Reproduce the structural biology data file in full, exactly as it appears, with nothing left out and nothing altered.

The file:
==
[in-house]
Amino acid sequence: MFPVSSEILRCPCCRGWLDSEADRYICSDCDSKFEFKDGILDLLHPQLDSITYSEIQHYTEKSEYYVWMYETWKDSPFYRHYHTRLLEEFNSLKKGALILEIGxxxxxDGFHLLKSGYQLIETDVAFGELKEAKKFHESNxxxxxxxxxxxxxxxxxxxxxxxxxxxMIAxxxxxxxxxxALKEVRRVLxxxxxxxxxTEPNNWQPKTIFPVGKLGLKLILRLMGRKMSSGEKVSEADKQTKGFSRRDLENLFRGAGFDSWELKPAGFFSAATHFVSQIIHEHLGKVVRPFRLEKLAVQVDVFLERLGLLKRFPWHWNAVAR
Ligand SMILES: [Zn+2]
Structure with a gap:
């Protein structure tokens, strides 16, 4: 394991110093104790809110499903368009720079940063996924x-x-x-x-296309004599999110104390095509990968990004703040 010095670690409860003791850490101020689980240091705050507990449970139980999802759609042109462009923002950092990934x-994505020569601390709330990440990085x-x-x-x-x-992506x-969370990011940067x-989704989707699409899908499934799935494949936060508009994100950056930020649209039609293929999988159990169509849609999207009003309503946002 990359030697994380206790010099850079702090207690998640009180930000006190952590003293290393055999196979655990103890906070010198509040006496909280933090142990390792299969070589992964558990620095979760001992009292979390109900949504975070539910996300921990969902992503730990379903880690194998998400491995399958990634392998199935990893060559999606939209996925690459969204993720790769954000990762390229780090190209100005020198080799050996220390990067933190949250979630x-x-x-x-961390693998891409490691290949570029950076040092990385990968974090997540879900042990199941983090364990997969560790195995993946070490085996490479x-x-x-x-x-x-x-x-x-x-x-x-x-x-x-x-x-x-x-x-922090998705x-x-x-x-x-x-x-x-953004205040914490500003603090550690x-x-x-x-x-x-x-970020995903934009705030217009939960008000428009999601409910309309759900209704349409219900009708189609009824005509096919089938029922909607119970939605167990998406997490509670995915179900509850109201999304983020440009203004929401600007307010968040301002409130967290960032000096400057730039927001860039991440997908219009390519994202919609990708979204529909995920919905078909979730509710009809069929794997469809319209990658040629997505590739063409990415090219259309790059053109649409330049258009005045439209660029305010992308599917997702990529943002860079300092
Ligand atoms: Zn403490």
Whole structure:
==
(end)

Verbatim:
[in-house]
Amino acid sequence: MFPVSSEILRCPCCRGWLDSEADRYICSDCDSKFEFKDGILDLLHPQLDSITYSEIQHYTEKSEYYVWMYETWKDSPFYRHYHTRLLEEFNSLKKGALILEIGxxxxxDGFHLLKSGYQLIETDVAFGELKEAKKFHESNxxxxxxxxxxxxxxxxxxxxxxxxxxxMIAxxxxxxxxxxALKEVRRVLxxxxxxxxxTEPNNWQPKTIFPVGKLGLKLILRLMGRKMSSGEKVSEADKQTKGFSRRDLENLFRGAGFDSWELKPAGFFSAATHFVSQIIHEHLGKVVRPFRLEKLAVQVDVFLERLGLLKRFPWHWNAVAR
Ligand SMILES: [Zn+2]
Structure with a gap:
């Protein structure tokens, strides 16, 4: 394991110093104790809110499903368009720079940063996924x-x-x-x-296309004599999110104390095509990968990004703040 010095670690409860003791850490101020689980240091705050507990449970139980999802759609042109462009923002950092990934x-994505020569601390709330990440990085x-x-x-x-x-992506x-969370990011940067x-989704989707699409899908499934799935494949936060508009994100950056930020649209039609293929999988159990169509849609999207009003309503946002 990359030697994380206790010099850079702090207690998640009180930000006190952590003293290393055999196979655990103890906070010198509040006496909280933090142990390792299969070589992964558990620095979760001992009292979390109900949504975070539910996300921990969902992503730990379903880690194998998400491995399958990634392998199935990893060559999606939209996925690459969204993720790769954000990762390229780090190209100005020198080799050996220390990067933190949250979630x-x-x-x-961390693998891409490691290949570029950076040092990385990968974090997540879900042990199941983090364990997969560790195995993946070490085996490479x-x-x-x-x-x-x-x-x-x-x-x-x-x-x-x-x-x-x-x-922090998705x-x-x-x-x-x-x-x-953004205040914490500003603090550690x-x-x-x-x-x-x-970020995903934009705030217009939960008000428009999601409910309309759900209704349409219900009708189609009824005509096919089938029922909607119970939605167990998406997490509670995915179900509850109201999304983020440009203004929401600007307010968040301002409130967290960032000096400057730039927001860039991440997908219009390519994202919609990708979204529909995920919905078909979730509710009809069929794997469809319209990658040629997505590739063409990415090219259309790059053109649409330049258009005045439209660029305010992308599917997702990529943002860079300092
Ligand atoms: Zn403490």
Whole structure: